Storm clouds
From File

It may be hot, sunny, and dry right now but folks from the National Weather Service say Santa Barbara could be in for a change once late fall rolls around.

Based on current sea surface temperatures in the equatorial waters of the Pacific Ocean, meteorologists are ringing an alarm the world over about the imminent return of El Ni±o, that often bemoaned weather cycle that typically delivers wet, wild, and warm storms all winter long to the coast of Southern California and record snowfall to the Sierras. “Earlier this summer [an El Ni±o pattern] was a potential,” explained National Weather Service meteorologist Eric Boldt, “but now it appears to be imminent. We just don’t know how strong of one it will be.”

A reason for celebration among surfers and a reason to batten down the hatches for most others, El Ni±o is the technical term used to describe the somewhat mysterious weather trend of surface water temperatures increasing above normal in the tropical waters of the Pacific. Since the belt of the Pacific essentially powers the winds of the world, a jump in temperatures there often results in a tweak to global weather patterns. Locally, these mood swings historically spell a lower-flowing jet stream that delivers Santa Barbara’s south-facing coastline the kind of big winter storms that have been missing in Santa Barbara the past two years, thanks to the high-riding jet stream that is the calling card of El Ni±o’s sisterly inverse, La Ni±a. “In and of itself, El Ni±o doesn’t guarantee anything weather wise, but [since we began studying it in the 1950s] it has proven to bring more intense storms to Southern California throughout the winter season,” Boldt explained.

Like most weather phenomena, El Ni±o comes in degrees of intensity that correspond to how much warmer equatorial waters become. According to Boldt, it takes an increase of about a half-degree Celsius from normal readings to get meteorologists talking about El Ni±o, but it isn’t until you have three consecutive months of these higher-than-normal temps that El Ni±o becomes official. Currently, we are about nine weeks into above-average readings – including some well above-average – said Boldt, who suggested that by September we will know just how real and severe this current incarnation of El Ni±o is.

For a point of comparison, the last two El Ni±o events, the winters of 2006-7 and 2004-5, were both “weak” ones, with the latter still dropping record rainfall amounts for many areas and the former amounting to one of the driest “rainy” seasons in recent memory in Southern California. While the 1997-98 El Ni±o, the one that seems to live on in the memories of Southern California residents, and especially surfers, as being the biggest and baddest of the past 20 years, was considered a “strong” version of El Ni±o. In Boldt’s estimation, current readings are trending, that is if patterns hold, towards a “moderate to strong” El Ni±o for this winter.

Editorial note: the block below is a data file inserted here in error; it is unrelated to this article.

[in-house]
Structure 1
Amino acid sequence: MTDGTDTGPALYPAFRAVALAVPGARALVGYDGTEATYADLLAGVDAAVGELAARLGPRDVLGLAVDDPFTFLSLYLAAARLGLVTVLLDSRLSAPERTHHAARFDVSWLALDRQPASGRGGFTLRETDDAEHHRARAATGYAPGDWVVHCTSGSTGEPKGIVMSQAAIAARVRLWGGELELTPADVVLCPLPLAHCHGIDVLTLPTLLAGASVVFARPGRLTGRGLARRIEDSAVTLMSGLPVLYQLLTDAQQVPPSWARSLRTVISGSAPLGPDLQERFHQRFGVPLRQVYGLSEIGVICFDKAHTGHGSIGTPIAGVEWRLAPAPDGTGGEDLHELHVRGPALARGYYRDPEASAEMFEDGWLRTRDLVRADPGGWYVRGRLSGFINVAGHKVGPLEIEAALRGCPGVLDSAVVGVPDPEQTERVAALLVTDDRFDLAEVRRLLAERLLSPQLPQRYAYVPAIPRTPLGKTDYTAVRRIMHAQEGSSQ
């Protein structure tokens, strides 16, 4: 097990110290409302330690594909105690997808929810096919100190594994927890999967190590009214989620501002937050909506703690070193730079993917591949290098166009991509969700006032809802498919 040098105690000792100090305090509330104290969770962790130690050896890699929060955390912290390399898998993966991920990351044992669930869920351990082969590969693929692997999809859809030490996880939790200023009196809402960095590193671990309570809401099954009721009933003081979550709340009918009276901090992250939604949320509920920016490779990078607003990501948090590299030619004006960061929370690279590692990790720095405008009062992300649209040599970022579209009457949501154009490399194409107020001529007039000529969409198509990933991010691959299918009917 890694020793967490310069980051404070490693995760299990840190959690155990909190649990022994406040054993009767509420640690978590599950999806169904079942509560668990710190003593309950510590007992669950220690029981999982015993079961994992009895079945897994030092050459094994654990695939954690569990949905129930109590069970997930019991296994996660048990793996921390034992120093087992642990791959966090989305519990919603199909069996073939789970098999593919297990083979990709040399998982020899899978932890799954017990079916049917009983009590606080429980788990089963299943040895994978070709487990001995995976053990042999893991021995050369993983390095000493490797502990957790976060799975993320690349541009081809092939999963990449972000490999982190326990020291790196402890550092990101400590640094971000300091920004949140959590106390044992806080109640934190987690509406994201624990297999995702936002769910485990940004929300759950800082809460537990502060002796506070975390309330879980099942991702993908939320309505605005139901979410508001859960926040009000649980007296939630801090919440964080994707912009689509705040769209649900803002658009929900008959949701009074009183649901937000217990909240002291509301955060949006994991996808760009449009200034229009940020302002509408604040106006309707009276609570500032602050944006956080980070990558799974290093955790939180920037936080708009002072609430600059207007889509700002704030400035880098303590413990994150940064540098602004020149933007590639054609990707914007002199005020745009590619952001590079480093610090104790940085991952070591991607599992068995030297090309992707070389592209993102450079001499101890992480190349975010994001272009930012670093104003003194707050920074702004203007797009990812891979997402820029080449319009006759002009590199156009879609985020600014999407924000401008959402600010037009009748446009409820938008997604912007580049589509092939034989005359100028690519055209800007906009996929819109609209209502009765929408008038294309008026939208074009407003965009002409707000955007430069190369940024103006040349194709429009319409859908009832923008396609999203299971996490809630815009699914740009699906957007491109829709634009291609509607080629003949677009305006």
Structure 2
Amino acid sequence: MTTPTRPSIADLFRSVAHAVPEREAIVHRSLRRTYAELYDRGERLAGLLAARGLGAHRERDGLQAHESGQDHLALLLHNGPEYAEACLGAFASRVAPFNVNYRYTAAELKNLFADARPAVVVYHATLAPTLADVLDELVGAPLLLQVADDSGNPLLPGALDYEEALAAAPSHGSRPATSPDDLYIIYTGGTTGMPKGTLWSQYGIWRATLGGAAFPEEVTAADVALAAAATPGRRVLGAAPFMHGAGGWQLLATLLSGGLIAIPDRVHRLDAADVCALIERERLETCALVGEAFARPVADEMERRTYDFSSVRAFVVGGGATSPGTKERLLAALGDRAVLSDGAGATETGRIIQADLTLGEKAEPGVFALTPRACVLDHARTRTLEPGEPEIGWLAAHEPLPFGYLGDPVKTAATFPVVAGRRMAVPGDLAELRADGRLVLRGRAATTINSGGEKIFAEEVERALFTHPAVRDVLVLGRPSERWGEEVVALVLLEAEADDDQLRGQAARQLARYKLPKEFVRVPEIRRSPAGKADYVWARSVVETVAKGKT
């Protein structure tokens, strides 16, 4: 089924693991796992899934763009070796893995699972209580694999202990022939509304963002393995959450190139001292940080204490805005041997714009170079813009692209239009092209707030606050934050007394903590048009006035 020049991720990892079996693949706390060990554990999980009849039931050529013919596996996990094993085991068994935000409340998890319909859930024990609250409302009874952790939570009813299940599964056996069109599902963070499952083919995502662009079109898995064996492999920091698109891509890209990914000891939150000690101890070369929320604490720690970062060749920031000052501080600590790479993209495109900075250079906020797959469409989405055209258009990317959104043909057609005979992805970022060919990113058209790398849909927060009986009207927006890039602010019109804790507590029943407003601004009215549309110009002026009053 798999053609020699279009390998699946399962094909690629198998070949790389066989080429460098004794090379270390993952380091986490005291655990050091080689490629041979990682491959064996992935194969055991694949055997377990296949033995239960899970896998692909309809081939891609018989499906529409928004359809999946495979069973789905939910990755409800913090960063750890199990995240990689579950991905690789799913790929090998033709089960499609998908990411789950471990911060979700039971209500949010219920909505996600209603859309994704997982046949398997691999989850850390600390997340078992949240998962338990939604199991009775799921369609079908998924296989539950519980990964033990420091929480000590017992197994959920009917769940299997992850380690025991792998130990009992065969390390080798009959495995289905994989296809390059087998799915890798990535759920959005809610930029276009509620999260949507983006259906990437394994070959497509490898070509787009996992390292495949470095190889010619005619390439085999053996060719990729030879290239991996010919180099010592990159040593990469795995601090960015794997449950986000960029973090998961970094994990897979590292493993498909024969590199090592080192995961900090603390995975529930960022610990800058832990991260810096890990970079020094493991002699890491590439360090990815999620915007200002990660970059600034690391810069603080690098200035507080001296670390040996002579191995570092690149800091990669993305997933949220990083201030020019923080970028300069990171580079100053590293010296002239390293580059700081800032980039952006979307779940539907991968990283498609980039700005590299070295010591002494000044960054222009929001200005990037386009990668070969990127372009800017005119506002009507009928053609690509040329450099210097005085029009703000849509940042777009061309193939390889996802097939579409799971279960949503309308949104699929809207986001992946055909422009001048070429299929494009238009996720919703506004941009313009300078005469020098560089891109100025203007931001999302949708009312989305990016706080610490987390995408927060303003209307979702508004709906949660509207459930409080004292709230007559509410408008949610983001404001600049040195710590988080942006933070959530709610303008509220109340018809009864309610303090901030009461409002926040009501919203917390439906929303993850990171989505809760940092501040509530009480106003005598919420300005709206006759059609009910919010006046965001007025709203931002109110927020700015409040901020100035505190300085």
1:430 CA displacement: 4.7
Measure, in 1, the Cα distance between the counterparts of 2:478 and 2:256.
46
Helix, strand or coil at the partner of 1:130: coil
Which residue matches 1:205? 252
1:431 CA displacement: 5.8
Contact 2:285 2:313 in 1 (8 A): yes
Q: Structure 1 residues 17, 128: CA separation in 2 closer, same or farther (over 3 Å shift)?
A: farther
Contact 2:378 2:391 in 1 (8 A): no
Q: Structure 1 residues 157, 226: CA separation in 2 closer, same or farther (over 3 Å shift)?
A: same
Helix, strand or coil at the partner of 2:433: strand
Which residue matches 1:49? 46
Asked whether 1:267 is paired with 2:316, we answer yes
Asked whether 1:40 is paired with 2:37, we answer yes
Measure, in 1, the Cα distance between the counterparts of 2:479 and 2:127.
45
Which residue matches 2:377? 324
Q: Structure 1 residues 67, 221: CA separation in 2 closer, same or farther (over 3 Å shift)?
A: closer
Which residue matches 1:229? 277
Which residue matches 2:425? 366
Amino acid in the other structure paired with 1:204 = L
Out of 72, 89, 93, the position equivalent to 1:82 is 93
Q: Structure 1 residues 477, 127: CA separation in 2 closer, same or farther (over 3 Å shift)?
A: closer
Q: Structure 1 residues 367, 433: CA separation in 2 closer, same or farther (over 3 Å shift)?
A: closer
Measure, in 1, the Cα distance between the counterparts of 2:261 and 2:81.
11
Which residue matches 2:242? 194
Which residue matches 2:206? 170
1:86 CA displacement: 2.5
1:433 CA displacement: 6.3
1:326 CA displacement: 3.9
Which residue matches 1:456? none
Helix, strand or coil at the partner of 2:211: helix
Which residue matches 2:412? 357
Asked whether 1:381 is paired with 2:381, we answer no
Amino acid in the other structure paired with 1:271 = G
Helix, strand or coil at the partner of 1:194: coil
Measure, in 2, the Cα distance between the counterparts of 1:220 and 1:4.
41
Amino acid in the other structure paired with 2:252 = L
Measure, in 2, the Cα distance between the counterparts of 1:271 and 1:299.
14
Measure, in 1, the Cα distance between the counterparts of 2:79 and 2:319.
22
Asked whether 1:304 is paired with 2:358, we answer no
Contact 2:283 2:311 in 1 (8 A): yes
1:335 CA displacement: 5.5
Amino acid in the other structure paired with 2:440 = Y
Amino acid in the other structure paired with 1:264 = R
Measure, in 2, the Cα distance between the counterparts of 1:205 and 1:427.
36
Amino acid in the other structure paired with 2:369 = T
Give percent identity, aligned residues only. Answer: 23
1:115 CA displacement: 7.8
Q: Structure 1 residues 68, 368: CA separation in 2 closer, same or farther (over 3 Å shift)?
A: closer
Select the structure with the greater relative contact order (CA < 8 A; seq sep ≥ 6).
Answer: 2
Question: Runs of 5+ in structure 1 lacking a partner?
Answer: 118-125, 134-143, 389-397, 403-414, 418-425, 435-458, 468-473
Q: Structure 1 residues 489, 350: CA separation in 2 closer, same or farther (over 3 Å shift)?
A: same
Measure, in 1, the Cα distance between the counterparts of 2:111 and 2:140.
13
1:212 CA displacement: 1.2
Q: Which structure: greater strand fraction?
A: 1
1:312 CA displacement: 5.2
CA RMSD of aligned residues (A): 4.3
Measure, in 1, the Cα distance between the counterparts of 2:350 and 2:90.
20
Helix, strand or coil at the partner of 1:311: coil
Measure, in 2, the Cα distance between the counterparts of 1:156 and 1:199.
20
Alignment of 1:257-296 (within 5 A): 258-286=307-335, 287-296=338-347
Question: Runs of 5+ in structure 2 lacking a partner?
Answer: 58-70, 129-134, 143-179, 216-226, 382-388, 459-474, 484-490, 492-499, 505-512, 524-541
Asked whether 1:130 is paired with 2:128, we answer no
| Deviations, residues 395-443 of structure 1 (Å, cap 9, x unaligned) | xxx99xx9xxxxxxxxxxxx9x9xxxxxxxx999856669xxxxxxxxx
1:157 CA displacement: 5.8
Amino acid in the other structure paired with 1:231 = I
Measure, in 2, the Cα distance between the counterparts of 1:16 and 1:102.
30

As recently as late May, the folks from the National Oceanic and Atmospheric Administration (NOAA) were forecasting a roughly 50 percent chance of an entering an El Ni±o cycle. However, as June recordings filed in, the sea surface temps started to go a bit bonkers, leaping 0.5 to 1.5 degrees Celsius above normal and the El Ni±o buzz began. While some forecasts have in recent weeks downplayed the formation as a result of a slight cooling of key temperature readings, there is no doubt, based on current NOAA charts, that temperatures are still above average.

Perhaps more telling is the anecdotal evidence being talked about in harbors and surf spot parking lots throughout Southern California. Tales of unusually warm water temps and sightings of such animals as sea turtles and yellowtail tuna in stretches of ocean that usually don’t see such life except during El Ni±o cycles have been commonplace for much of the past month from Pt. Conception to San Diego. “Everything is definitely warmer than normal right now,” Boldt said. “Now we just have to wait and see how things look in September.”


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